Oldfields Estate and gardens in warmer months. Image credit: IMA
Oldfields: 100 Years at 4000 Michigan Rd
An earlier article on the Four Winds Estate, relates to another well known property — the “Lilly House” located on the grounds of the Indianapolis Museum of Art.
While many believe (probably because of it’s aforementioned nickname) that the beautiful 26-acre manor was built by J.K. Lilly Jr., Oldfields (its original name) was actually built between 1909 and 1913 by Indianapolis Water Company executive Hugh McKennan Landon. The property had been established as part of the Town of Woodstock — a tract of farm land purchased and developed by Landon and Linnaes C. Boyd. The plan for Woodstock, adjacent to Crown Hill Cemetery and the White River, included residential lots, a reservoir, and a country club which was built to induce prospective residents. In its heyday, Woodstock consisted of only nine houses. The town came to an end in the early 1960s.
Boyd subdivided his half of the property into parcels fit for multiple mini-estates. Landon reserved about half the original 52-acre land purchase for the construction of his own country estate — a 22-room mansion that was designed by architect (and brother-in-law) Lewis Ketcham Davis in the French Chateau style. The property north of the intersection of Michigan and Maple Road (38th Street) was both remote enough to qualify as countryside, yet near enough to the city for reasonable travel. The Interurban rail line bordered the western edge of the property.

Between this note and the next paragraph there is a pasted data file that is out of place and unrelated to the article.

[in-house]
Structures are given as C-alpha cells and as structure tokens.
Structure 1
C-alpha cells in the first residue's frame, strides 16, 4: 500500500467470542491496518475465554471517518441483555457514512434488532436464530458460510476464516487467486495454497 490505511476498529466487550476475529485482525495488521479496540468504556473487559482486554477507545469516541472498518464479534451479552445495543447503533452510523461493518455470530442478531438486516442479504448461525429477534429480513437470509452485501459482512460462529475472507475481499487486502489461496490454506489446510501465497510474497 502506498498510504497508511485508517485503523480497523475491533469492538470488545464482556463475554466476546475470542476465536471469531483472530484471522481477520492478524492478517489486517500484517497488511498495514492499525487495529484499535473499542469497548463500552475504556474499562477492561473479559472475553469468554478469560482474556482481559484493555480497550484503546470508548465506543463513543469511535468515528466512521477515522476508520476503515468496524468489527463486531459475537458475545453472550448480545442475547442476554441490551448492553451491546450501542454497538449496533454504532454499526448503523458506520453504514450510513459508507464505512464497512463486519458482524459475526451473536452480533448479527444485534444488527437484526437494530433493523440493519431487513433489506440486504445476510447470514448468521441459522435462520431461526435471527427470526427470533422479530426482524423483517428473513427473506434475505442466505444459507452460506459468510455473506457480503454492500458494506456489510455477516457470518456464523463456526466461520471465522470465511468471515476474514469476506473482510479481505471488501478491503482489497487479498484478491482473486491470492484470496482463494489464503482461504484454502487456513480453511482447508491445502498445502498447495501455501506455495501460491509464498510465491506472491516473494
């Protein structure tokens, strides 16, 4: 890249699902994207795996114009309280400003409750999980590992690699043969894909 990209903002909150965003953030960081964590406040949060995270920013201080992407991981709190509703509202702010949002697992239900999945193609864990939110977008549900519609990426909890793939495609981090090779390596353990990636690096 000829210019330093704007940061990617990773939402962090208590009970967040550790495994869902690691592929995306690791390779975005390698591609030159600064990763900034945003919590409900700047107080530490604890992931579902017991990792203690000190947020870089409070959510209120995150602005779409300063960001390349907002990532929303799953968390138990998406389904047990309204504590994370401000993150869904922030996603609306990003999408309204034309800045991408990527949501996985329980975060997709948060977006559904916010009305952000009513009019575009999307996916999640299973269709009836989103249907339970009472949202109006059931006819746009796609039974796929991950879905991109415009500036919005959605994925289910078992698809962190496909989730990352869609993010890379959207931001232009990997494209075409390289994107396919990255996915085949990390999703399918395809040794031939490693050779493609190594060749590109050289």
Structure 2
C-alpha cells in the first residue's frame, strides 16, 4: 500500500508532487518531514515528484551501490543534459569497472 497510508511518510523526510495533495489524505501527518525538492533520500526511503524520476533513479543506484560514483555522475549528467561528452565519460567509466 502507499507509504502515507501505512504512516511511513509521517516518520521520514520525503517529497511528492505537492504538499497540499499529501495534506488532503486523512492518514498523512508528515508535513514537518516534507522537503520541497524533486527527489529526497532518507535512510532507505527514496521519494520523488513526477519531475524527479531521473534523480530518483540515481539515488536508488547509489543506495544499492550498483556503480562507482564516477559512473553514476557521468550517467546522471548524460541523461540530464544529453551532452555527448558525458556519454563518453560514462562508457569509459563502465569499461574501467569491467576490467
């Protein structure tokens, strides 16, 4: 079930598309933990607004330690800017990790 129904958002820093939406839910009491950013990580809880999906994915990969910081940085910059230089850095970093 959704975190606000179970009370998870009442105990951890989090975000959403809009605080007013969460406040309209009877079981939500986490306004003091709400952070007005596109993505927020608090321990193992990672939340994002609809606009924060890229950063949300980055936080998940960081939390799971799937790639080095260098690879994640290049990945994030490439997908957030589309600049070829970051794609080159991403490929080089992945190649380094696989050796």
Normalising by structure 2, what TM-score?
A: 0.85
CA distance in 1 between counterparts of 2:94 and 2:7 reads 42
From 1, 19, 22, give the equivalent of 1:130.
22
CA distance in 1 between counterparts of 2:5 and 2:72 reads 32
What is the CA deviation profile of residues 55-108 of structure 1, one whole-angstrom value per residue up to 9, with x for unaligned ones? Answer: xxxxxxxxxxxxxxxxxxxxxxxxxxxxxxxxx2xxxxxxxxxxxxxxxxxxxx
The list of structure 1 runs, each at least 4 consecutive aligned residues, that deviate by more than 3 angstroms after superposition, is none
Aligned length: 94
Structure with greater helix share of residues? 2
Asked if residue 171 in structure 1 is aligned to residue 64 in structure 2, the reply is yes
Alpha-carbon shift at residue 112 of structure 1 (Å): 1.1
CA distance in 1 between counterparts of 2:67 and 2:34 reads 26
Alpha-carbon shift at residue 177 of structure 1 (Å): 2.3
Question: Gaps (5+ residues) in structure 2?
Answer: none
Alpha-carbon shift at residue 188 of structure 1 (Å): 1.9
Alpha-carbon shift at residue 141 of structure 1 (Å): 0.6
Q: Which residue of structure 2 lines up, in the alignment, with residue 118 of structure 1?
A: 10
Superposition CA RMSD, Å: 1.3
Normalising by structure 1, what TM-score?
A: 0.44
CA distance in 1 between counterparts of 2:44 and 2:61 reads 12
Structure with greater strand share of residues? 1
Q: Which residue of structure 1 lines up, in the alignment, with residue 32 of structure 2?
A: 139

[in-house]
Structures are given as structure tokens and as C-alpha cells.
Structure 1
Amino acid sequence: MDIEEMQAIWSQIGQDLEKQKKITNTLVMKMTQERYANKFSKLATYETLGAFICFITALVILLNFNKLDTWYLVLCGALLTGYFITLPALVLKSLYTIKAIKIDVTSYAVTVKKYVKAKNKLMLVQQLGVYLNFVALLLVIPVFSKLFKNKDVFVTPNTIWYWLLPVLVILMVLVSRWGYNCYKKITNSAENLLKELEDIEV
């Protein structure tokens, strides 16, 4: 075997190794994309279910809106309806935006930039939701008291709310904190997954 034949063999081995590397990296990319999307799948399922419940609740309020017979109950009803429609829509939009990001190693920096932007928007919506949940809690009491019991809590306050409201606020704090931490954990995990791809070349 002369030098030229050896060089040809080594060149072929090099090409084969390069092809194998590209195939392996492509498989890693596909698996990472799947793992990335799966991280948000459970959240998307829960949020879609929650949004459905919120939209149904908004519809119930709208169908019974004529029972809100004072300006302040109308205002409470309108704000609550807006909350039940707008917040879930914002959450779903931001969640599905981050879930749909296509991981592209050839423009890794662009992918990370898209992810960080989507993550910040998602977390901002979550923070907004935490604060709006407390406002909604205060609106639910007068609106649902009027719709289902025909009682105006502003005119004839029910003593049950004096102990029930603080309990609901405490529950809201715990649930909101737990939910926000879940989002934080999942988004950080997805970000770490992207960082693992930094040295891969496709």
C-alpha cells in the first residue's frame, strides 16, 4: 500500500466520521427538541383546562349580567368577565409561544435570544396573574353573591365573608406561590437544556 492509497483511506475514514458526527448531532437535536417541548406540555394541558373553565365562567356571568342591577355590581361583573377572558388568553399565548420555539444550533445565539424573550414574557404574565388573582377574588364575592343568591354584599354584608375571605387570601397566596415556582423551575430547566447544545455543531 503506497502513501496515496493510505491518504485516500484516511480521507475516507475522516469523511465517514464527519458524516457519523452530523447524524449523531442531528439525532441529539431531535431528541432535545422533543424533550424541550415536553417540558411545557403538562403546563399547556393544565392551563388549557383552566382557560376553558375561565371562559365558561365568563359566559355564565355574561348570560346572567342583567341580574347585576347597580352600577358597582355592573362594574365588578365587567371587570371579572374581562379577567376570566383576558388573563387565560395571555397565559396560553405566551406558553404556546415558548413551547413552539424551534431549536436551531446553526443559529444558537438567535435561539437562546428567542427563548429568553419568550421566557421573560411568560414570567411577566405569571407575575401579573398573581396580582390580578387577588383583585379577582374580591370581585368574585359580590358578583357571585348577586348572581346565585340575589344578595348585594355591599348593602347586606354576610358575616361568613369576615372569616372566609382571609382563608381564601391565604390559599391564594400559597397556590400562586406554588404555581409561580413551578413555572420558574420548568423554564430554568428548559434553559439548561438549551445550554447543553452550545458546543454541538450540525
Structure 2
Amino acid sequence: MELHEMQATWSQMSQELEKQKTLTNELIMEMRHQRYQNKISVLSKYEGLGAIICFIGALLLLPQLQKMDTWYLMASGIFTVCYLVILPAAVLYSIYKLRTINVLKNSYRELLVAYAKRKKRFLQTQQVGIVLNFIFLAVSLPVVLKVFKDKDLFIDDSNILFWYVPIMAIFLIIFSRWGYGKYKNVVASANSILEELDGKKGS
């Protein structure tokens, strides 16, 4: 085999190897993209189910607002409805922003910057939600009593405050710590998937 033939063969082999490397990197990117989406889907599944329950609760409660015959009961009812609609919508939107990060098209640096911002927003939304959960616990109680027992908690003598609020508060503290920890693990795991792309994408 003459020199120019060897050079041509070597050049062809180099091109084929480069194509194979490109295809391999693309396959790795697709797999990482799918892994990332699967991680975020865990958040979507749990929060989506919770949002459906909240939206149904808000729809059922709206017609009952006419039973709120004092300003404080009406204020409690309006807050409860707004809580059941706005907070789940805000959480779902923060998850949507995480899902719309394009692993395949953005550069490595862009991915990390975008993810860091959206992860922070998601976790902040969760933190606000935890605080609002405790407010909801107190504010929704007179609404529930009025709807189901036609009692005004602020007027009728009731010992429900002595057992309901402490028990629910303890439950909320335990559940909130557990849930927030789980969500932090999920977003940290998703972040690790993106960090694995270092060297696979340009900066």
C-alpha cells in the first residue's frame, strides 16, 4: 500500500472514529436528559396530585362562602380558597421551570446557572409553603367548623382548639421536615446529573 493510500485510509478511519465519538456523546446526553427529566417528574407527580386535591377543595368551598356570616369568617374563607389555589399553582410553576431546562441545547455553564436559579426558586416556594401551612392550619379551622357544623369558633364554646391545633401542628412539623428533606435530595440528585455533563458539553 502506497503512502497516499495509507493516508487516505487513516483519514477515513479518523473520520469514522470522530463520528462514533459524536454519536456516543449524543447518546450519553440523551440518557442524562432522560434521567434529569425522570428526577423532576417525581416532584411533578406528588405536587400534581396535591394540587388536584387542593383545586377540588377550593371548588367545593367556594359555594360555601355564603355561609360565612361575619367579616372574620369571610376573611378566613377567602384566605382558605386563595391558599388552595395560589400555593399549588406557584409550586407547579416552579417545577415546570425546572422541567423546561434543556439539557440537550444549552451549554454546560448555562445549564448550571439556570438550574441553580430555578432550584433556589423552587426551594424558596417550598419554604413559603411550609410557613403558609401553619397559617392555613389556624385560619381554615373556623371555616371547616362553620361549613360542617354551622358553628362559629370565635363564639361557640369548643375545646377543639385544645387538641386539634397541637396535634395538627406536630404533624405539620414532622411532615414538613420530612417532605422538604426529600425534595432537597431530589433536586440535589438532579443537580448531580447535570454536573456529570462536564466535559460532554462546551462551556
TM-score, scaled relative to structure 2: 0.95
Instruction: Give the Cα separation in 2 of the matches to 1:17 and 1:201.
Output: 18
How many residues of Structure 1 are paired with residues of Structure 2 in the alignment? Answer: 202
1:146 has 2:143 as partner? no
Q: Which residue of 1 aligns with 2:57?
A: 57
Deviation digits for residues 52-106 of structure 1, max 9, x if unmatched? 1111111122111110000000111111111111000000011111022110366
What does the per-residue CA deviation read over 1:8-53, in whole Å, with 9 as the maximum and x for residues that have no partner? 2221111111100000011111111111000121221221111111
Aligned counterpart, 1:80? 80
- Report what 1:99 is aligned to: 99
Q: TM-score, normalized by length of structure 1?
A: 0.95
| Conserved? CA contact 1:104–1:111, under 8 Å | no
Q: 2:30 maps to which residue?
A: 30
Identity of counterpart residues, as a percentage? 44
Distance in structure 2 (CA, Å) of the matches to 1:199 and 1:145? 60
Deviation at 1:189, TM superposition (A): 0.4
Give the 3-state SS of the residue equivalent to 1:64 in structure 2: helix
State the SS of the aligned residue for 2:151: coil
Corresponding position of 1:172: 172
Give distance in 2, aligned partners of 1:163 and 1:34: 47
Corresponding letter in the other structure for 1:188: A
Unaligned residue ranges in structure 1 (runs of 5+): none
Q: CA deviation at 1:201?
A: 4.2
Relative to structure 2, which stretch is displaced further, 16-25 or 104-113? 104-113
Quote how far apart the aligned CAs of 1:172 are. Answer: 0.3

The Landons were concerned about fire safety, and thus employed the best fireproof building technology of the age, a reinforced concrete-frame, hollow-tile structure veneered in brick. The family moved in upon its completion in 1913. At the time, the house was grand but the setting, still wild.
Landon’s first wife, Suzette, died in 1918. Two years later, Landon married Jesse Spaulding of Chicago. It appears Jesse had a great deal of influence over the development of the grounds and gardens. After visiting the Lamont estate in Maine, Jesse wrote to Percival Gallagher of the renowned landscape architectural firm Olmsted Brothers, to contract for services. Construction of the new and improved garden complex took five years. After Jesse Landon’s death in 1930 and the Great Depression, Hugh Landon decided to sell Oldfields, with proceeds of the purchase benefitting a trust for Riley Hospital.
Oldfields was designated a U.S. National Historic Landmark in 2003.
If you’ve only visited the main museum, Oldfields is worth its own trip. Free audio tours are available for both Lilly House and the Garden. Visit the Lilly House Welcome Desk to rent a listening device, or visit imamuseum.org/gardentour on your smart phone to take the Garden Tour, or imamuseum.org/lillytour on your smart phone to take the Lilly House tour. Lilly House is closed January through March for seasonal maintenance but reopens in April.
Please share: what are your favorite corners of the IMA, grounds, and gardens?
Landon and architect Davis share a mausoleum at Crown Hill. With his middle name Ketcham and Susie’s being Merrill, I have a feeling that particular Davis family was related to several other prominent Indianapolis families of the time. (I’m sure I’m no relation though.)